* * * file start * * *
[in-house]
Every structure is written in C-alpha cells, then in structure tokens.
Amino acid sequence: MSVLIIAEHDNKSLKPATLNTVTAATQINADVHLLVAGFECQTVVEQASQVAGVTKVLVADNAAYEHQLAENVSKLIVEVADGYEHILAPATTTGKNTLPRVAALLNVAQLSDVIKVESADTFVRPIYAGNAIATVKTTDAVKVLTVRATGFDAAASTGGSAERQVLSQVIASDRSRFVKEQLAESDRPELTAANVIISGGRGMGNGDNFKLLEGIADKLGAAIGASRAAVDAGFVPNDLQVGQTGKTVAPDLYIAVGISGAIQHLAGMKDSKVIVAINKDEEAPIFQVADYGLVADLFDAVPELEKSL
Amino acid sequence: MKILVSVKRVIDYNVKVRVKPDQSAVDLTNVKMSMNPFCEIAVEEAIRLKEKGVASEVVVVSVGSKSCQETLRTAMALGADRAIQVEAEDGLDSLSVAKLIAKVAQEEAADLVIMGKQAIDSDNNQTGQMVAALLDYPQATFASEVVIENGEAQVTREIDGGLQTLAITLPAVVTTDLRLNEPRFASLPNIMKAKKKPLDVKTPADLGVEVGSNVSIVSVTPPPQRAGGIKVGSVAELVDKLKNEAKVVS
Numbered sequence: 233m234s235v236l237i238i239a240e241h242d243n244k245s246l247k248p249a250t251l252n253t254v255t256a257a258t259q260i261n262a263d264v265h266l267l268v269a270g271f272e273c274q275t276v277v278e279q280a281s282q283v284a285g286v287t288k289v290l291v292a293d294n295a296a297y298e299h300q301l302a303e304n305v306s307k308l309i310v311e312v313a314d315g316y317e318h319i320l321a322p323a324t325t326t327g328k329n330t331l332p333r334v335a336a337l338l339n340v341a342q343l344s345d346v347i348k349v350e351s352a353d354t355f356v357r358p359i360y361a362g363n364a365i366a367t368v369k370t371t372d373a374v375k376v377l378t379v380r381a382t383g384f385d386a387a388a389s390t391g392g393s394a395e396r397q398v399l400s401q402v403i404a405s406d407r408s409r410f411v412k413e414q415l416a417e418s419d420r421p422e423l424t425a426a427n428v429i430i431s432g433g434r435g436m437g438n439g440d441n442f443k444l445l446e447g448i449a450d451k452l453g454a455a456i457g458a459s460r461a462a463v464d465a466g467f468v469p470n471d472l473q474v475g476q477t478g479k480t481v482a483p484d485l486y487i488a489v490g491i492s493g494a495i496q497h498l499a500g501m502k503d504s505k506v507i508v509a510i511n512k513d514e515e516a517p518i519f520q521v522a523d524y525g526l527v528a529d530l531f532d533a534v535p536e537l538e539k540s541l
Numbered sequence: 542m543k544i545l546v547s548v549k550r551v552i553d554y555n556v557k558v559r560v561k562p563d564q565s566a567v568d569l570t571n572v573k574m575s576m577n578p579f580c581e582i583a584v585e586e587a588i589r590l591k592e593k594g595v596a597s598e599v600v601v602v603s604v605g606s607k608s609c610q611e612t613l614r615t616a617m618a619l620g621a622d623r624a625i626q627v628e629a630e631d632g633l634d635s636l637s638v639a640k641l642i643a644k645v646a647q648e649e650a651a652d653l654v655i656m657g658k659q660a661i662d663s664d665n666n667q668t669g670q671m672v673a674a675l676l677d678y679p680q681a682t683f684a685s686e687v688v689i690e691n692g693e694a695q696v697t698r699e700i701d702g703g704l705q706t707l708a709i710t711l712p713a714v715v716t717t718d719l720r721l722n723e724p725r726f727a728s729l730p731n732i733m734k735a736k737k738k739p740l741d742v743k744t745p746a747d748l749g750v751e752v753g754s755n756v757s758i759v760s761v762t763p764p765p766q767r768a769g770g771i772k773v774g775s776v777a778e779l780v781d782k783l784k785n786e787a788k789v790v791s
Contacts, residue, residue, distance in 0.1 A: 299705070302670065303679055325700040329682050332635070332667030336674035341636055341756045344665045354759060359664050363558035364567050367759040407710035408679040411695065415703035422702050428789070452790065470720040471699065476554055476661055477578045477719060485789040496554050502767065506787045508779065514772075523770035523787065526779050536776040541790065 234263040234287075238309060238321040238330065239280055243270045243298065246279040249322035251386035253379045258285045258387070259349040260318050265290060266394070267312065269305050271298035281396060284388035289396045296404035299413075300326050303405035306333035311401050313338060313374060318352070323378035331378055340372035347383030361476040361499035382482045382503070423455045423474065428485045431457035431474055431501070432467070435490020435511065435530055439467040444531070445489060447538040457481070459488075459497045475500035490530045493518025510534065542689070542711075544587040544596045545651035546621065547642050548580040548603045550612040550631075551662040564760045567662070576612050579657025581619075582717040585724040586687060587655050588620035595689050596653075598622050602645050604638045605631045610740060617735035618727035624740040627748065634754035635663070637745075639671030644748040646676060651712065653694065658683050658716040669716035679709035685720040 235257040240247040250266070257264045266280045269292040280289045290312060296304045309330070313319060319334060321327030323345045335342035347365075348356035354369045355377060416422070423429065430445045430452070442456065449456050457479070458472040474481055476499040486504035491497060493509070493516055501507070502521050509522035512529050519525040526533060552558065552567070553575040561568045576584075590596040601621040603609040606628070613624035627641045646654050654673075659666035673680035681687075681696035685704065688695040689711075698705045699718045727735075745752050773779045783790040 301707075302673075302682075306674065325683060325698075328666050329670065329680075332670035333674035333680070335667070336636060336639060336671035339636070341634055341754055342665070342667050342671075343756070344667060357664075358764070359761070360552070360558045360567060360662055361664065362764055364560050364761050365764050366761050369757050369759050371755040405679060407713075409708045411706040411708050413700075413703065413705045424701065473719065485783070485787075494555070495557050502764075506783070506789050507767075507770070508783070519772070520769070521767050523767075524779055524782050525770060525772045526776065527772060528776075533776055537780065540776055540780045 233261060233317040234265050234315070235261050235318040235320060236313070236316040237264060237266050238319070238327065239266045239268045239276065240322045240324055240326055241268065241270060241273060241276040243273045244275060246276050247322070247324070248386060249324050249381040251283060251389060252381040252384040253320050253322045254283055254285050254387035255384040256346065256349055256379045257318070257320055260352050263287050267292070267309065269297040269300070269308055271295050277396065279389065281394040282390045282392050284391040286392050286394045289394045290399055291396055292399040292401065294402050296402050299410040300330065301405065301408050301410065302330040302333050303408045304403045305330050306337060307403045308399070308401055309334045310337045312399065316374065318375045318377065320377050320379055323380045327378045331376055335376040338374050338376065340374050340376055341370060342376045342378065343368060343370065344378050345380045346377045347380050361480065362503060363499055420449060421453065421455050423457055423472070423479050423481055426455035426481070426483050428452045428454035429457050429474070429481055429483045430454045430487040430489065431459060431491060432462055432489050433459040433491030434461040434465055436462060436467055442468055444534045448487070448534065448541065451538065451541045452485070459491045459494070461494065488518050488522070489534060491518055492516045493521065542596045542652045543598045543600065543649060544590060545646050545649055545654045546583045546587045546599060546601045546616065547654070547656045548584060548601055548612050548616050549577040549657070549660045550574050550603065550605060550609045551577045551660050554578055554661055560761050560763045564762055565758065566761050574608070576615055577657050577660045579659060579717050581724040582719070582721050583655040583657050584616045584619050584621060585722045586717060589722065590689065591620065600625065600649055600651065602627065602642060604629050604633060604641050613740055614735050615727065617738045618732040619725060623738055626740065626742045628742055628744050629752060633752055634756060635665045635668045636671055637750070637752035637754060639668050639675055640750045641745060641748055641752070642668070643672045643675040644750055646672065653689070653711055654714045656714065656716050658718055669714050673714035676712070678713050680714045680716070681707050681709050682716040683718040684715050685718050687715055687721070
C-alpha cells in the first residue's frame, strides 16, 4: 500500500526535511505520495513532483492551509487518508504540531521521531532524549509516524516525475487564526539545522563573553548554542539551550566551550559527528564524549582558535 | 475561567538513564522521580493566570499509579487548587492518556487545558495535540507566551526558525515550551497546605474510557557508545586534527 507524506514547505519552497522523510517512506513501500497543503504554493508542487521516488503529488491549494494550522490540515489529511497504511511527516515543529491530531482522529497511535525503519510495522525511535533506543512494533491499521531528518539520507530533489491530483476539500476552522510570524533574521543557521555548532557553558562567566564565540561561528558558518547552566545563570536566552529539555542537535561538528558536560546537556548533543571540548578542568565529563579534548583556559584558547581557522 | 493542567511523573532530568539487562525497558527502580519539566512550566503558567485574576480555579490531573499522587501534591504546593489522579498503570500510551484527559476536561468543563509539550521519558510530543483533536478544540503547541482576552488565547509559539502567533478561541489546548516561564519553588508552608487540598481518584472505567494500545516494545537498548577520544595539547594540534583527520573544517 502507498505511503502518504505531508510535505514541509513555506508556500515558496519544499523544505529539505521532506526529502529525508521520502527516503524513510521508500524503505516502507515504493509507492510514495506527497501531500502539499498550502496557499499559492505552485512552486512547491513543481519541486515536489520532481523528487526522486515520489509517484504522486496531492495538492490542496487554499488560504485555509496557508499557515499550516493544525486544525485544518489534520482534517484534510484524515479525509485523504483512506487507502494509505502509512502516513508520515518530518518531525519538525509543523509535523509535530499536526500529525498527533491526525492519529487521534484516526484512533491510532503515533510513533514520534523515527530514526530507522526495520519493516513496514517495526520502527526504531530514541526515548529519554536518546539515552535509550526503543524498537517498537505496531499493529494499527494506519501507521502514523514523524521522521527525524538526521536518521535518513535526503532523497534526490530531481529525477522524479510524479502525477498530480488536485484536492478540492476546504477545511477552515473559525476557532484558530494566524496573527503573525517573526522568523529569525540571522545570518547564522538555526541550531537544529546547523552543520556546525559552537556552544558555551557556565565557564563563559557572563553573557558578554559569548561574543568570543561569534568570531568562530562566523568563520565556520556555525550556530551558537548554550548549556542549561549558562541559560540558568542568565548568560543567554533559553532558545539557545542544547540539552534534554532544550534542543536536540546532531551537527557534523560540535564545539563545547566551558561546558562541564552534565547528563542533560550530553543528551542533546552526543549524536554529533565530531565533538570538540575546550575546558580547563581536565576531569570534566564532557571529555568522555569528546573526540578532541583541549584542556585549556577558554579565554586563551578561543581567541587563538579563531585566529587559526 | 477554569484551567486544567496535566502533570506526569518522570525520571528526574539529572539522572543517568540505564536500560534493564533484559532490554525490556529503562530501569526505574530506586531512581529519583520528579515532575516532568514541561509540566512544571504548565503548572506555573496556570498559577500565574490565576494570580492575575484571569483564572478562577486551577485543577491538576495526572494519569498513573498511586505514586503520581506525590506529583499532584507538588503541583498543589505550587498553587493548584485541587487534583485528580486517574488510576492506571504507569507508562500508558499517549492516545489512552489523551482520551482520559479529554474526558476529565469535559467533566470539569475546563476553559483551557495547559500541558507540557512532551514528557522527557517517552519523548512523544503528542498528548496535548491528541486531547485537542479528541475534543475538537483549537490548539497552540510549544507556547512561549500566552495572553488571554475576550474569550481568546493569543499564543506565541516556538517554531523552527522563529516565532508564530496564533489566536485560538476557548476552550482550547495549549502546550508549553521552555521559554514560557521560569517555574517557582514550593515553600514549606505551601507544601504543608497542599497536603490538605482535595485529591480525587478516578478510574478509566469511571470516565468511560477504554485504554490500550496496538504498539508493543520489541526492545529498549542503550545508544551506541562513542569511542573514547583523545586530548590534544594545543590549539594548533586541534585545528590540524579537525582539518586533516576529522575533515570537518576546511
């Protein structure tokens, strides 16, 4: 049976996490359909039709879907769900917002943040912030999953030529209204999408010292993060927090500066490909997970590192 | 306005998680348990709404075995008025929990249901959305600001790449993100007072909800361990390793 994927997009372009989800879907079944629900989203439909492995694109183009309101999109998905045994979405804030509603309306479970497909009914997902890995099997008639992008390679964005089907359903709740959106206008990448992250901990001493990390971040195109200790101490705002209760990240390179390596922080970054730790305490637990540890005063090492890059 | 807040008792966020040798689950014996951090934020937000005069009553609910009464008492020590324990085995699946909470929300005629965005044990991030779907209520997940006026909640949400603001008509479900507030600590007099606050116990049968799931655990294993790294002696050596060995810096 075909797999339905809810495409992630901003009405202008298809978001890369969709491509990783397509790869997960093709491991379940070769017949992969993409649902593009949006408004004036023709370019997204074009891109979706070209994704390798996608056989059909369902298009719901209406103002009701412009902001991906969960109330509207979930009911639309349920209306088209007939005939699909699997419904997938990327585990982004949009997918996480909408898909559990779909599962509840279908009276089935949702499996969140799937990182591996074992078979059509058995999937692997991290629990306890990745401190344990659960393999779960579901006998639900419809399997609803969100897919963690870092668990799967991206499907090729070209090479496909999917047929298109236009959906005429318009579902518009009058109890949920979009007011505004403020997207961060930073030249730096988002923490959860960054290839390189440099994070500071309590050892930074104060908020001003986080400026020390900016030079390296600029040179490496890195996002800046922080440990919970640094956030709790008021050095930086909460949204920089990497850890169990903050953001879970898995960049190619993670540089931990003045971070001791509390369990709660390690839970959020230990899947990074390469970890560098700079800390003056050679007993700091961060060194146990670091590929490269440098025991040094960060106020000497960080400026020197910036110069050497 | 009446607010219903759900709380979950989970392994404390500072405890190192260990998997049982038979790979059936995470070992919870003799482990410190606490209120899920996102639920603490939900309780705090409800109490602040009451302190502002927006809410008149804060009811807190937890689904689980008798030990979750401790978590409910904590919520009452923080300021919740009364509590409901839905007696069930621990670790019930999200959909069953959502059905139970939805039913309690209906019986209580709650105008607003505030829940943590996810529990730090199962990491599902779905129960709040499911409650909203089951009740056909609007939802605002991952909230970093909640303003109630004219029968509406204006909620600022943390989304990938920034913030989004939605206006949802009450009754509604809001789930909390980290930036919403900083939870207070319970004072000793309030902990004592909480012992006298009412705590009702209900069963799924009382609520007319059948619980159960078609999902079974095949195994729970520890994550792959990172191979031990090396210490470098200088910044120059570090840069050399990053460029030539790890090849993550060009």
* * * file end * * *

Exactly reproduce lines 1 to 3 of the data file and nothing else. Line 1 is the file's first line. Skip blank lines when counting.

[in-house]
Every structure is written in C-alpha cells, then in structure tokens.
Amino acid sequence: MSVLIIAEHDNKSLKPATLNTVTAATQINADVHLLVAGFECQTVVEQASQVAGVTKVLVADNAAYEHQLAENVSKLIVEVADGYEHILAPATTTGKNTLPRVAALLNVAQLSDVIKVESADTFVRPIYAGNAIATVKTTDAVKVLTVRATGFDAAASTGGSAERQVLSQVIASDRSRFVKEQLAESDRPELTAANVIISGGRGMGNGDNFKLLEGIADKLGAAIGASRAAVDAGFVPNDLQVGQTGKTVAPDLYIAVGISGAIQHLAGMKDSKVIVAINKDEEAPIFQVADYGLVADLFDAVPELEKSL